As a CPCC I spread the message that self-development is a responsibility, not a luxury. I advocate making a positive difference in the world, by prioritizing your own self-care and self-discovery journey. I think real change happens in the world when people are being authentic, and are honoring their values even when the terrain is unknown and dark. Most often that authenticity and value alignment comes from many months, or years even of personal work.
We live busy, full and noisy lives. For many of us, every day can be getting through to-do lists, meetings, eating, connecting with loved ones, catching up on the news. While we are moving through the day, we get lost in the sea of our mind and the noise of everything around us. Further, today’s non-stop news (especially with the 2016 election) and constant information streams can create sensory overload. With all the things going on in the world, it is easy to lose touch with the present moment. We can start to forget about all the good things that are happening and start to focus on what is going wrong.
Several weekends ago in London I assisted on a three day Balance course, one of the intermediate modules in the Co-Active coaching curriculum. Sitting at the back of the classroom ‘holding space’, one of the key roles as an assistant, was just as powerful and life affirming as when seated in the circle as a student.
We’ve all experienced bullying in our lives, whether it be personally or vicariously. Subjects of bullies are targeted and taunted, which could potentially leave them feeling insecure and vulnerable. The next thing you know the bully gets off feeling powerful and in control. But what happens when the bully is no longer in gym class with us, and becomes a part of our inner world?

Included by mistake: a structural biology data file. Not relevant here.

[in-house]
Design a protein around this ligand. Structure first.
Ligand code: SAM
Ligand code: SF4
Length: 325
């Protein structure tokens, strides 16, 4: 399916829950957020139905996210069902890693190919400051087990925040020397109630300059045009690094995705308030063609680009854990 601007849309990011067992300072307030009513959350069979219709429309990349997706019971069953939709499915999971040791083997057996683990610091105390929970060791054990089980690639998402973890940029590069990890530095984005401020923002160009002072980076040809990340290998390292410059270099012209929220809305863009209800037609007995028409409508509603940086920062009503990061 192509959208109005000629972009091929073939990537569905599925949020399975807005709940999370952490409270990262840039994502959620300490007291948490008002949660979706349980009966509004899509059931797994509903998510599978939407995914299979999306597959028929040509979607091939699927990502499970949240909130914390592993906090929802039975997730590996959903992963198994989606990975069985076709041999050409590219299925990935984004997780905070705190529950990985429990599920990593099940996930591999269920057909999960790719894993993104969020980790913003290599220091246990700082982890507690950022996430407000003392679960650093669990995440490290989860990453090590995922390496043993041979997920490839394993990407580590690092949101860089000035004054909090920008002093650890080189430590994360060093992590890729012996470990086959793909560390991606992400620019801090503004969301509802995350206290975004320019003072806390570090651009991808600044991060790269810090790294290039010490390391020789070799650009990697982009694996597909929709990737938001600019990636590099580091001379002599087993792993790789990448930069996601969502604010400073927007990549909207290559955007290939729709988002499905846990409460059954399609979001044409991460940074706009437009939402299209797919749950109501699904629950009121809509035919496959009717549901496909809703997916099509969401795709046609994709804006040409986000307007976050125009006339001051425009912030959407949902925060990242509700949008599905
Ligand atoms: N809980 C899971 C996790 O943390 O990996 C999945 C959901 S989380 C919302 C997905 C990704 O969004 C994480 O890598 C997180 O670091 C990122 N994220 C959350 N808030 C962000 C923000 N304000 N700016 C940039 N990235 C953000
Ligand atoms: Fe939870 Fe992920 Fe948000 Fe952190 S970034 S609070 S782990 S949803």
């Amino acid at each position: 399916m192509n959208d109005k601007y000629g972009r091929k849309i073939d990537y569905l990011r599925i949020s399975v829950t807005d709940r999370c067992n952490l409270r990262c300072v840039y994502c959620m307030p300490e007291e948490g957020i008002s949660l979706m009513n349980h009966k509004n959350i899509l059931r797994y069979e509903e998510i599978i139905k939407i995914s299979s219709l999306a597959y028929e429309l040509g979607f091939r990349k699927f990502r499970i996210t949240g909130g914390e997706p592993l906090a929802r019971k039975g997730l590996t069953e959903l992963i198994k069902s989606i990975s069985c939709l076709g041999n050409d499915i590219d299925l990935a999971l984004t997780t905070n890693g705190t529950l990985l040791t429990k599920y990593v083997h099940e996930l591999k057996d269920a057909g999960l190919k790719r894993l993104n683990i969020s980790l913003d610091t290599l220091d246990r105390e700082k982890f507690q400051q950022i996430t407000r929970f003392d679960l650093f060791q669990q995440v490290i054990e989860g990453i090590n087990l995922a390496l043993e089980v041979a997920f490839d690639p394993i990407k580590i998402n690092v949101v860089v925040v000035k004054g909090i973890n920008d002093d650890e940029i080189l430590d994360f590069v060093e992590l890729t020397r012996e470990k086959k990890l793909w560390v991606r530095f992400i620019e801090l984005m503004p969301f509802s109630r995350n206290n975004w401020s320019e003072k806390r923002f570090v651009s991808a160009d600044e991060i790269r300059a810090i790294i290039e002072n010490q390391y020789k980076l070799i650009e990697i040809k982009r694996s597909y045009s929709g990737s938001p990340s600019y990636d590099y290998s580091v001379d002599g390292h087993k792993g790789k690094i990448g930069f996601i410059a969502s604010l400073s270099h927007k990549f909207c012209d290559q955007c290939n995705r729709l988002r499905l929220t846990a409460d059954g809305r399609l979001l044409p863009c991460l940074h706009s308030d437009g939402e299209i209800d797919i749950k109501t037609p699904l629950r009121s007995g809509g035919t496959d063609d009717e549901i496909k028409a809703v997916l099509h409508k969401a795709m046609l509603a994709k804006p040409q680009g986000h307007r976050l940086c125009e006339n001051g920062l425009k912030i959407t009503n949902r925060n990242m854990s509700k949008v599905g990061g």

August lives in my body in a special, visceral way. The days are still long but I sense they are shortening. I imagine the perfect spiral notebook and anticipate the learning around the bend. New school years no longer begin for me, but August continues to foreshadow new wisdom and growth, especially as Co-Director of CTI’s Coach Training Program and with individual coaching clients.
Last year, the Institute of Environmental Management and Assessment (IEMA) published a position statement identifying a lack of awareness and understanding of sustainability in the business arena that will hold the UK back from being internationally competitive.
I’ve been a Co-Active coach for sixteen years now, and one of the things I love most about this profession is how it grows and changes its practitioners—generally for the better. Some of this change comes from being coached ourselves as part of the process, some of it comes from the other personal development efforts we engage in (Co-Active coaches are often the most dedicated of lifelong learners), but some of it, I believe, can be attributed directly to being trained and working as a Co-Active coach.
Sometimes the simplest acts can have the most profound impact. At a recent CTI coach training, one of our leaders urged the group to resist offering a tissue to someone who was crying. She explained that, even though this gesture comes from a place of compassion within us, there is a hidden message in it that says, “use a tissue to clean this mess up.”
by Karen Kimsey-House, CEO & Co-founder, CTI